Going to a friend’s place for Game Nite. Just a BYOB gathering of a few friends to chit-chat and yes, play games. Board games, card games whatever. I always try to bring a dish. Learning one of the friends attending has gone gluten free, I decide to make a spinach-artichoke dip. It’s one I’ve made before. The five ingredients are simple enough. It does not take a lot of time to make. It’s easy to transport. I can pick everything up in the morning. Perfect, right? Right!

Yeah, that’s about where this tale goes a little south. I mean seriously the recipe has five freaking ingredients, how hard is it to find one? As it turns out harder than I would have thought.  What was the one thing I could not find? Artichokes.

I hit my usual market that until today has not failed me. None what-so-ever. I expect not to find it fresh. I understand is not something consumed a lot of in that market, but they usually have it canned or in a jar. Nix. Fine, I get everything else I need and make my way to market number two a few blocks away. Nein. I had not brought my shopping cart because knew I could carry everything back in one trip. As I headed for a third market, my fingers and my knees are beginning to feel it. Nyet. Three strikes and you’re out right? Not quite.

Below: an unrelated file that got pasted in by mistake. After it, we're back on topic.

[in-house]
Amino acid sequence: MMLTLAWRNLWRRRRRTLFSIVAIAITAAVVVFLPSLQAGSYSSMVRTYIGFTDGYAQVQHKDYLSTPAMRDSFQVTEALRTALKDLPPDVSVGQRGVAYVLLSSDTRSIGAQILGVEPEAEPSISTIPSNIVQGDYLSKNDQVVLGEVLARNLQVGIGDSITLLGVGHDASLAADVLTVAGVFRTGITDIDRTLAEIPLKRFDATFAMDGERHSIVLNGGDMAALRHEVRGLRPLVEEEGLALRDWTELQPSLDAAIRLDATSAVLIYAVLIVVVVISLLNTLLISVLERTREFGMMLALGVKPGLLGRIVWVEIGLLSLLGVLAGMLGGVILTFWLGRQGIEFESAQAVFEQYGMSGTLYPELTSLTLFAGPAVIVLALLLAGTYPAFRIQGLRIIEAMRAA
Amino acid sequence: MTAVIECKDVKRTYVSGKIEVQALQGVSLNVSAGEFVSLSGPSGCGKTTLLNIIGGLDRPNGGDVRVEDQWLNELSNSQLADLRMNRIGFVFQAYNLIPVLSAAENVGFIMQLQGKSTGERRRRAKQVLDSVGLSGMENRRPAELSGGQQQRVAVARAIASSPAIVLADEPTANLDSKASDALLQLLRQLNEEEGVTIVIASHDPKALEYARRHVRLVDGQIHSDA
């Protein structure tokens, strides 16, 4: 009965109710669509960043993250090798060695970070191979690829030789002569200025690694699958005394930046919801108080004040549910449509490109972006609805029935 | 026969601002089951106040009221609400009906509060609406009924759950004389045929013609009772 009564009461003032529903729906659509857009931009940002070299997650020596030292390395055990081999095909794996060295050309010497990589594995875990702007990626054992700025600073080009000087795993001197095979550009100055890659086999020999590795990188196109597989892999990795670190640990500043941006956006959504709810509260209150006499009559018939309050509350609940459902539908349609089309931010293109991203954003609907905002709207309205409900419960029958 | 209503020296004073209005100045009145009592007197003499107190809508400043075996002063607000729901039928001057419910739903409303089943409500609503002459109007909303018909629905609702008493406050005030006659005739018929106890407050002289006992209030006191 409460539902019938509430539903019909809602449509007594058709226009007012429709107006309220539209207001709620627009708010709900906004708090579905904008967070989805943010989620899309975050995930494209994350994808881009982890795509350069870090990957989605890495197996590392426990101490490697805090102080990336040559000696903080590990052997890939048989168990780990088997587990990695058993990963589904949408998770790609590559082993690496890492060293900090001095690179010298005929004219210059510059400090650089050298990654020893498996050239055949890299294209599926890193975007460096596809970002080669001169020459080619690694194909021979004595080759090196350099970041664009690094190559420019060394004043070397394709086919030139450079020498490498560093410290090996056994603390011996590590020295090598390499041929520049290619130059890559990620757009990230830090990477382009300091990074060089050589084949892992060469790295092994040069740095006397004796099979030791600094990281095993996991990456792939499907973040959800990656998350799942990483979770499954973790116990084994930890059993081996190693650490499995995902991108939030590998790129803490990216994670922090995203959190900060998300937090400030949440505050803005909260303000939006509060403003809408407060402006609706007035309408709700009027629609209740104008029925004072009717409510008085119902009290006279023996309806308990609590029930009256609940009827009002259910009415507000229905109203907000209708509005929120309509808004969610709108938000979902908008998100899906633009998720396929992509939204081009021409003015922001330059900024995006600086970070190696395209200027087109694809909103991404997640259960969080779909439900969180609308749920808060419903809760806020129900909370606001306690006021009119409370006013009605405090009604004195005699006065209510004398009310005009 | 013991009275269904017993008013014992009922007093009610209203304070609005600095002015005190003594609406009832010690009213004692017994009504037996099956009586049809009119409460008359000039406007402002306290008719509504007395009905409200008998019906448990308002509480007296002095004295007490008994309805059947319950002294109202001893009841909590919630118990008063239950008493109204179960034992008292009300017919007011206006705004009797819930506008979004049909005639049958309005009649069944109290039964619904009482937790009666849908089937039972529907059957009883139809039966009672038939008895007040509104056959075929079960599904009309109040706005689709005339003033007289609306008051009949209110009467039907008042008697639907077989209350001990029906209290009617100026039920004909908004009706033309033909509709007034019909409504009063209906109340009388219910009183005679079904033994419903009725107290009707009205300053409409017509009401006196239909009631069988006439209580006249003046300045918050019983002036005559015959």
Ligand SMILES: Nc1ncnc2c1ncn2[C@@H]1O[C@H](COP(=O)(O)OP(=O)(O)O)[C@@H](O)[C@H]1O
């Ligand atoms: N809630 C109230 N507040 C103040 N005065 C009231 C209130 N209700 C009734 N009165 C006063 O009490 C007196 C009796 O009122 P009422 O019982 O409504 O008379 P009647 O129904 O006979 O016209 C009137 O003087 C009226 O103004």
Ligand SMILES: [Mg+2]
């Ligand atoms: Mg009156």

Must be something comforting about the number three. People always give up after three.
– Sherlock Holmes / BBC’s “Sherlock”

So, I take a cue from “Sherlock” and try a fourth market. Nada.

What the…?!

Has my entire neighborhood given up on the vegetable in any form, or had the last emergency shopping from the last snow storm depleted all the markets in an eight block radius?

Seriously, it’s call a spinach-artichoke dip. I kind of need it?

And because I’m stubborn, now an hour from when I first started this trek, fingers, knees and back making their unhappiness known, I try a fifth.

Nix. Nein. Nyet. Nada. Nope!

I’m NOT getting on a bus and officially  throw in the towel.

It’s going to be my spinach dip. They’ll love it!

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Today is Day 10 of the March Slice Of Life Story Challenge.
Come see how others are slicing it up this Saturday.
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You Know You Want Me…

.
.
I take a gulp of calorie free air
To stave off the craving I’m trying to brake
But I just can’t cope for goodness sake!
It’s not that the bunch of grapes are bad
Save it’s just not the thing to make me glad
So I’ll not lend an ear to its call
I’ll not let my gut be my downfall
I’ll not waiver from my niche
I’ll not satisfy this itch
Though it’s call is to me is proud
I’ll not give in it’s not allowed
“Just a thread of a piece” the call starts to quiver
No! No! No! Oh all right! Just a tiiiiiiiny sliver!
Knowing straight to my hips is where it’s bound
It’s a slippery slide from a diet to a pound